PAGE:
While Nassau Coliseum has never been renowned for its amenities, the sightlines and noise level are regarded as some of the best in the National Hockey League. “(UBS Arena is) going to be the loudest and most intimate arena in the National Hockey League still, which is what Alex Ovechkin told me was the coolest part of the Nassau Coliseum,” Ledecky said.

Part of what makes UBS Arena unique compared to some of the other new venues around the NHL and country is that the building was designed for the sport of hockey as well as music. The three major venues in New York, for instance, are either multipurpose venues or designed specifically with basketball in mind in the case of Barclays Center.

“In the case of hockey, we’ve made a lot of changes from what people are used to seeing in a typical arena,” We’ve shrunk the number of suites so there are only roughly 50 suites in the entire building. We don’t have a lot of breakage within the bowl itself. So it’s tight and it’s steep and it kind of sits on top of the ice to give it that Coliseum feel.

“There were a lot of architectural and design specifics requests and changes made to the way that this building was designed and it is being built in order to make it perfect for hockey. We weren’t trying to appease everything and everybody and that helps.”

UBS Arena can host basketball games, and with 150 dates a year to fill the emphasis was also put on concerts. Similarly to how Ledecky solicited input from players and fans, they talked to people in the music industry.

“Tim Leiweke brilliantly arranged for the group, the architects and us, to met with musical acts, their talent managers, their road agents, their road managers,” Ledecky said. “That was the first time that anybody built an arena design where they actually talked to the music folks.”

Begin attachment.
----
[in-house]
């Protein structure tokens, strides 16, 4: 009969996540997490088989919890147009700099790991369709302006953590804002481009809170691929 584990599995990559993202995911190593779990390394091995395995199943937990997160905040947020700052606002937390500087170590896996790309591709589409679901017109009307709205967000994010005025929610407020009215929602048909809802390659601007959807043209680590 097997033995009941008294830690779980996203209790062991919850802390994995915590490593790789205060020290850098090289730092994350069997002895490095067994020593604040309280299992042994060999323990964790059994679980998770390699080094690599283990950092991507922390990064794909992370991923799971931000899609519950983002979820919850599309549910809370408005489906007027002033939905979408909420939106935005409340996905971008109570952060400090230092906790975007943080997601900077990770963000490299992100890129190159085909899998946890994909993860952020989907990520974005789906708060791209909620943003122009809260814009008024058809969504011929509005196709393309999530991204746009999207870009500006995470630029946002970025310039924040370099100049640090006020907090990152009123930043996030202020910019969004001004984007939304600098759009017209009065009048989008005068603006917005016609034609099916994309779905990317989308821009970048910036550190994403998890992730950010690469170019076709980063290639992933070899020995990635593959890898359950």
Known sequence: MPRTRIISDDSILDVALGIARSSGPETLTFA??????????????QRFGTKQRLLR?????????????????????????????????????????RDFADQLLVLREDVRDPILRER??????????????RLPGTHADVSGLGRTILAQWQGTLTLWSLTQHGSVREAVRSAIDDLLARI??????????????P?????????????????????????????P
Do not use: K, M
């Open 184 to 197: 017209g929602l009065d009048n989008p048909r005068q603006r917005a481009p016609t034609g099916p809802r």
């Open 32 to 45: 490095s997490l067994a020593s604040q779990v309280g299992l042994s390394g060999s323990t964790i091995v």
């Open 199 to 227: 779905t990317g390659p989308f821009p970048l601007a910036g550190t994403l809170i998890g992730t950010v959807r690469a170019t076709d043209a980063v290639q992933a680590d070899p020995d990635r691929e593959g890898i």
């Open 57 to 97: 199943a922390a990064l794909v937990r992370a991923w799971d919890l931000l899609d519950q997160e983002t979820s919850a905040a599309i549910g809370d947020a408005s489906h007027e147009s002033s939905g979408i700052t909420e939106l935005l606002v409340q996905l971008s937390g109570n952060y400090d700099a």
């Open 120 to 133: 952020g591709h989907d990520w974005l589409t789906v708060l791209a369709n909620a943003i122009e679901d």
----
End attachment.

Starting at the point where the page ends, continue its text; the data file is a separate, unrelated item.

At the center of the room of the Preview Club, four replica Stanley Cups sit as an homage to the Islanders championship history. On the wall, Bill Smith’s stick is prominently displayed alongside Bill Torrey’s famed bowtie and Al Arbour’s blue and orange jacket.

While Ledecky wouldn’t give out specifics, the Islanders owner promise the history would be honored inside UBS Arena.

“We’re going to have sections and displays and memorabilia,” Ledecky said. “We’re going to be honoring not only the great alumni, but we’ll also be honoring the great fans. Stand by there’s going to be unique things in this building that take into account the rich heritage and history of the Islanders. Recognize the 550-plus alums who have put on the sweater and also recognize the great fans who have been supporting us.”

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Islanders Announce Fans Can Return to Nassau Coliseum on March 18